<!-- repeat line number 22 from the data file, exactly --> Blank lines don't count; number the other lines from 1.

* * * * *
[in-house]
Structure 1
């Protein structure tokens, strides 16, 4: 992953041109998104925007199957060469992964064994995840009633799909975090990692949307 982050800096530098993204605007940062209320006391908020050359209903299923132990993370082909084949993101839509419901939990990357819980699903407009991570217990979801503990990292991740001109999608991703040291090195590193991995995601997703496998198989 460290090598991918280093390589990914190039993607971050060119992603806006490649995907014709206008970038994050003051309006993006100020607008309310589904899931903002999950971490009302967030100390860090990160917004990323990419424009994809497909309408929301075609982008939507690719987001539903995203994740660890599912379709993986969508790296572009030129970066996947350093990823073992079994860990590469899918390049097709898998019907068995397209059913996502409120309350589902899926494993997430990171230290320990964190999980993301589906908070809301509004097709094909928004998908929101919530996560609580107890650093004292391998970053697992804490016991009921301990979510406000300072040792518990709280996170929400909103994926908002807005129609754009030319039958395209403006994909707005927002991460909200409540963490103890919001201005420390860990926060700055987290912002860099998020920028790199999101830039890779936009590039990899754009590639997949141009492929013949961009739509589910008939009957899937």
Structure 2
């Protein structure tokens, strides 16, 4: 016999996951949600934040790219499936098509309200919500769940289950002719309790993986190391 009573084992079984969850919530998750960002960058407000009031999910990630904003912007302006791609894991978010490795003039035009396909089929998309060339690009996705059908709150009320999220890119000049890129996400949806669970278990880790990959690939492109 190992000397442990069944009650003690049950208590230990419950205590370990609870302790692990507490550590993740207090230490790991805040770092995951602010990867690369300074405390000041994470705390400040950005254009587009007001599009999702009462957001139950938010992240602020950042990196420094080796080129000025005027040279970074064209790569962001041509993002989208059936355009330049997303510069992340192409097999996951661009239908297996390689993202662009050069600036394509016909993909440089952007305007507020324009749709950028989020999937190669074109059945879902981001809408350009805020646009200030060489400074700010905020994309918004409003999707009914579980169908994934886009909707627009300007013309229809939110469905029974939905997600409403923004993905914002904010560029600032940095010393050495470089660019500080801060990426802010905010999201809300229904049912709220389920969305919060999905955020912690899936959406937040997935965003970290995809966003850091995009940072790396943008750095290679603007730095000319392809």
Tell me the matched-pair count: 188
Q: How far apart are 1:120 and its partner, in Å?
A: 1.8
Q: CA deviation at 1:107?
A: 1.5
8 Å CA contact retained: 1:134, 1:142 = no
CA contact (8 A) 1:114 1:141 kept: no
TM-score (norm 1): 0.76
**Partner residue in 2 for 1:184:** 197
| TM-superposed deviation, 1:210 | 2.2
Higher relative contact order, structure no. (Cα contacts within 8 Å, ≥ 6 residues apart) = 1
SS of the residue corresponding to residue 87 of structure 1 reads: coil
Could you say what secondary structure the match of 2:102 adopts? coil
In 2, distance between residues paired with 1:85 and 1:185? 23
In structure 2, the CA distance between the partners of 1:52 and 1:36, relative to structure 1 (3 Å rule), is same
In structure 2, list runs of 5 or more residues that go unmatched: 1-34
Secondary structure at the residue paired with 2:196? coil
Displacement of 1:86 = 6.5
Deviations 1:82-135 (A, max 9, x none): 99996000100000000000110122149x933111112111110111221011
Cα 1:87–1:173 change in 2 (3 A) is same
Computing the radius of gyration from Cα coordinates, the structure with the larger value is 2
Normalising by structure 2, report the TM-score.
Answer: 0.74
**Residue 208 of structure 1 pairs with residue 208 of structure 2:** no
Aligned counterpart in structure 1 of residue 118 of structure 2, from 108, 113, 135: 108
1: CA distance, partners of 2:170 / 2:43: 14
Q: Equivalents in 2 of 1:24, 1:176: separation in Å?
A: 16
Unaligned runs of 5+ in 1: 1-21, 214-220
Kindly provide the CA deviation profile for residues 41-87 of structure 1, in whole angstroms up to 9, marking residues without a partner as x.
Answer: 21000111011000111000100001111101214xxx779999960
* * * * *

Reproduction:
Secondary structure at the residue paired with 2:196? coil